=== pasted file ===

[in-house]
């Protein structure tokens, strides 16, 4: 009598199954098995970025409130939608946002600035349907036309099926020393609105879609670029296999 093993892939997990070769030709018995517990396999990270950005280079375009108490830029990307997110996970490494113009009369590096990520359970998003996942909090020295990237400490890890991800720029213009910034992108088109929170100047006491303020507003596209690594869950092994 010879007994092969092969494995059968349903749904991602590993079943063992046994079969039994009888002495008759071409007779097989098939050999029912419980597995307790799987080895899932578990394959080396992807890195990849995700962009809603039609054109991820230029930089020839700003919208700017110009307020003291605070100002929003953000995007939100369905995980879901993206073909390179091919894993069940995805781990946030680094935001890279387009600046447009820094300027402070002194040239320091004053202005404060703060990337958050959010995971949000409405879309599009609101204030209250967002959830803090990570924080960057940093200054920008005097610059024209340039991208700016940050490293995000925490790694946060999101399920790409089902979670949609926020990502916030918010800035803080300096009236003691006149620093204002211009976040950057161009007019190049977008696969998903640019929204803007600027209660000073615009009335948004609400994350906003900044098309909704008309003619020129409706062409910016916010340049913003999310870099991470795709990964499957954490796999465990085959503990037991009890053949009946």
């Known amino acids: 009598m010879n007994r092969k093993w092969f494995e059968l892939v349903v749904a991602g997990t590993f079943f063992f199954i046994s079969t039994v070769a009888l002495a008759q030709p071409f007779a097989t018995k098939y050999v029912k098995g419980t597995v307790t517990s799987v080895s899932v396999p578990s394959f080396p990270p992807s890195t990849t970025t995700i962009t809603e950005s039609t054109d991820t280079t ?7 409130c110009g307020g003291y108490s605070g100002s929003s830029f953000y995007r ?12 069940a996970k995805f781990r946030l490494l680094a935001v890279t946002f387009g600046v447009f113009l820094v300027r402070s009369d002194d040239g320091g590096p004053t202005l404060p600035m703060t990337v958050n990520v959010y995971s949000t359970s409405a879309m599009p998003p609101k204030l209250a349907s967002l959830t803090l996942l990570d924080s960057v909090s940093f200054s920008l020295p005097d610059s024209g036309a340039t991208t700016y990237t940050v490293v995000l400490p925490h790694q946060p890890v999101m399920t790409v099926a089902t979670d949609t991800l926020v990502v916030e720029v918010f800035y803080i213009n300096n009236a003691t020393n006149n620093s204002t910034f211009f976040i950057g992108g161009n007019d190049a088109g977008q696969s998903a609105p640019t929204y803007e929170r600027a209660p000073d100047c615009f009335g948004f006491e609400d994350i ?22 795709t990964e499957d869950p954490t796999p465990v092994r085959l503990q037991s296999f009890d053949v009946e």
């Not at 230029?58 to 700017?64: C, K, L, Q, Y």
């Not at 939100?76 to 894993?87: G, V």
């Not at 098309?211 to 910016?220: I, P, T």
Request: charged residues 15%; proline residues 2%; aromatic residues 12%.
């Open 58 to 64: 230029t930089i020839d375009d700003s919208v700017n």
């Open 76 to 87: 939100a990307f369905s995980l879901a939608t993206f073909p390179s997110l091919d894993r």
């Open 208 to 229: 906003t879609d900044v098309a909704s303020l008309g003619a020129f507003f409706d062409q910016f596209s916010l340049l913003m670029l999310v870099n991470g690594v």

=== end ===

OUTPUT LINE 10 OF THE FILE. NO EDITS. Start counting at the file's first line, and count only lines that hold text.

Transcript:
């Open 208 to 229: 906003t879609d900044v098309a909704s303020l008309g003619a020129f507003f409706d062409q910016f596209s916010l340049l913003m670029l999310v870099n991470g690594v």